Denture-associated stomatitis (DS) affects over two-thirds of denture-wearers. DS presents as erythema of the palatal mucosa in areas where denture-surface associated polymicrobial biofilms containing the fungus Candida albicans exist. The contribution of the oral bacterial microbiota toward the infection is unknown. Therefore, this study characterised the bacterial microbiota of sites within the oral cavity to identify potential associations with occurrence of DS. Denture-wearing patients were recruited (denture stomatitis (DS) n = 8; non-denture stomatitis (NoDS) n = 11) and the oral bacterial microbiota of the tongue, palate and denture-fitting surface was characterised using next-generation sequencing. Operational taxonomic units (OTUs) were identified to bacterial genera and species, and presence/absence and relative abundances were examined. A significant (P = 0.007) decrease in the number of OTUs and thus, diversity of the microbiota was observed in tongue samples of DS patients (vs non-DS). The microbiota of denture-fitting surfaces and palatal mucosae were similar. Large differences in the abundance of bacterial genera and species were observed at each sample site, and unique presence/absence of bacteria was noted. Presence/absence and relative abundance of specific bacteria associated with DS warrants further in vitro and in vivo evaluation, particularly as our previous work has shown C. albicans virulence factor modulation by oral bacteria.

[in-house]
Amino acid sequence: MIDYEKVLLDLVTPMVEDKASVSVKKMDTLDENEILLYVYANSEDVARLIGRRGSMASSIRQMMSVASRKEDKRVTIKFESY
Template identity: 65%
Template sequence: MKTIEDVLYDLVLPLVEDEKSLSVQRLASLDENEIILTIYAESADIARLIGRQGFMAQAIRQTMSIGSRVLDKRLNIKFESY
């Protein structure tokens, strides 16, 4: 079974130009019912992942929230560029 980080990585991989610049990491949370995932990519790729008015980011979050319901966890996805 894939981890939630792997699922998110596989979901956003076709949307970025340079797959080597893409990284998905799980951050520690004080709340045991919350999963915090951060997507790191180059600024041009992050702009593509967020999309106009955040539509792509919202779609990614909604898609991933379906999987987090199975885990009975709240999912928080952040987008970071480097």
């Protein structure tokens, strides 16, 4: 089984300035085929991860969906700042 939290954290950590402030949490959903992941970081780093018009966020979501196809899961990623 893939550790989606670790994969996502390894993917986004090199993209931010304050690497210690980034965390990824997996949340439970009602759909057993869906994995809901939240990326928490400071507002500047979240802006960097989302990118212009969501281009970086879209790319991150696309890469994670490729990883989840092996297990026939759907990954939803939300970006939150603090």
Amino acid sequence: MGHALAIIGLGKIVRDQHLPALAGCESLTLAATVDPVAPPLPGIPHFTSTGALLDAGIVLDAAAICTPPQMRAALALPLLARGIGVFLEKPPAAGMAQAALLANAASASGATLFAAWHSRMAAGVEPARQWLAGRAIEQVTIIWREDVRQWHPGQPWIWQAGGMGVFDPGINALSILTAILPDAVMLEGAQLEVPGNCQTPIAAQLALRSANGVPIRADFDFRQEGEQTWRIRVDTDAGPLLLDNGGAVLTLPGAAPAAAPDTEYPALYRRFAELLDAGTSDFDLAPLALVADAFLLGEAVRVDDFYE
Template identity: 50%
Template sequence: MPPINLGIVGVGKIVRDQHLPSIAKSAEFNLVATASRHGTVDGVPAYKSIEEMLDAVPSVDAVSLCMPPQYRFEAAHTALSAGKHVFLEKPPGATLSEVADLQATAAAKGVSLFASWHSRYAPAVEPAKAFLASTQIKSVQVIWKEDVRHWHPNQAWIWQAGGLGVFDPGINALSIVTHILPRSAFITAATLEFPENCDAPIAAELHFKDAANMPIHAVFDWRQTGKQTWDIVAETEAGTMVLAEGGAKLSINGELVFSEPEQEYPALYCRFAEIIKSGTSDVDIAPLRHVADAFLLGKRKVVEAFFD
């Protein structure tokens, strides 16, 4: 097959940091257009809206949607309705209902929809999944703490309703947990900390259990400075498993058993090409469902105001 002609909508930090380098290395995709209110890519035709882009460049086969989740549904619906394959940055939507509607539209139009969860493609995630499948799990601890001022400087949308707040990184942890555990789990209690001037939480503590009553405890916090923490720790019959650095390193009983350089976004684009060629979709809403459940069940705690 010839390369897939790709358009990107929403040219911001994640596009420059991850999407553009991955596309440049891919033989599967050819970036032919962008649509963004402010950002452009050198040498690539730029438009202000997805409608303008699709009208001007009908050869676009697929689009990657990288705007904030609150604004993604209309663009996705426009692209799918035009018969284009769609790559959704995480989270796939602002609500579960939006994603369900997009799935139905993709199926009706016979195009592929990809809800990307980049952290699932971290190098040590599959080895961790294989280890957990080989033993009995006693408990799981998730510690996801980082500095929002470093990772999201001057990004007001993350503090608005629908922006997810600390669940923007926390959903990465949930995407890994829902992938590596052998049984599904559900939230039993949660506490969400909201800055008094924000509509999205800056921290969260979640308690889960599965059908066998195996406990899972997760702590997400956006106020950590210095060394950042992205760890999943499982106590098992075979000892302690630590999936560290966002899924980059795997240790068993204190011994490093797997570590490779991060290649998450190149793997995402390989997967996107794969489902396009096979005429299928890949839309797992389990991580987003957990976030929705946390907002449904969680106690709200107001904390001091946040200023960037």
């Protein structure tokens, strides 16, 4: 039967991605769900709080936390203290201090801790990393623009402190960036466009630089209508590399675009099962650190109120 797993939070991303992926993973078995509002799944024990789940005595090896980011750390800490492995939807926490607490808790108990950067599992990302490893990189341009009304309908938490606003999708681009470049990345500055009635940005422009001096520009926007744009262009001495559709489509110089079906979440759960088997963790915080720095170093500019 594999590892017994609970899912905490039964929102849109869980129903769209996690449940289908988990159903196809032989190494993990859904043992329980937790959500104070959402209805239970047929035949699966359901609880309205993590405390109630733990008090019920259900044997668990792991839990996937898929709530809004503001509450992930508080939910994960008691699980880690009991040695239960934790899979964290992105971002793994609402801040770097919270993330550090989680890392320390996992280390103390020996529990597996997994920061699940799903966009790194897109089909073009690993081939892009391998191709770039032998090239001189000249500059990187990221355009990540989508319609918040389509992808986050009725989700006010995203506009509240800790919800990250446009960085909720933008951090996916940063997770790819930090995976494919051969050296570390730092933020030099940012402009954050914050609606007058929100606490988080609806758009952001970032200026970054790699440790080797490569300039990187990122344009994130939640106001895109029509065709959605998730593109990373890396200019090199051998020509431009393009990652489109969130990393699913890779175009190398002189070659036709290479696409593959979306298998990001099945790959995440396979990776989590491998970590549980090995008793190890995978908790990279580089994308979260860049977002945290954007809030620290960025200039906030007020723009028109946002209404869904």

- Clinical microbiology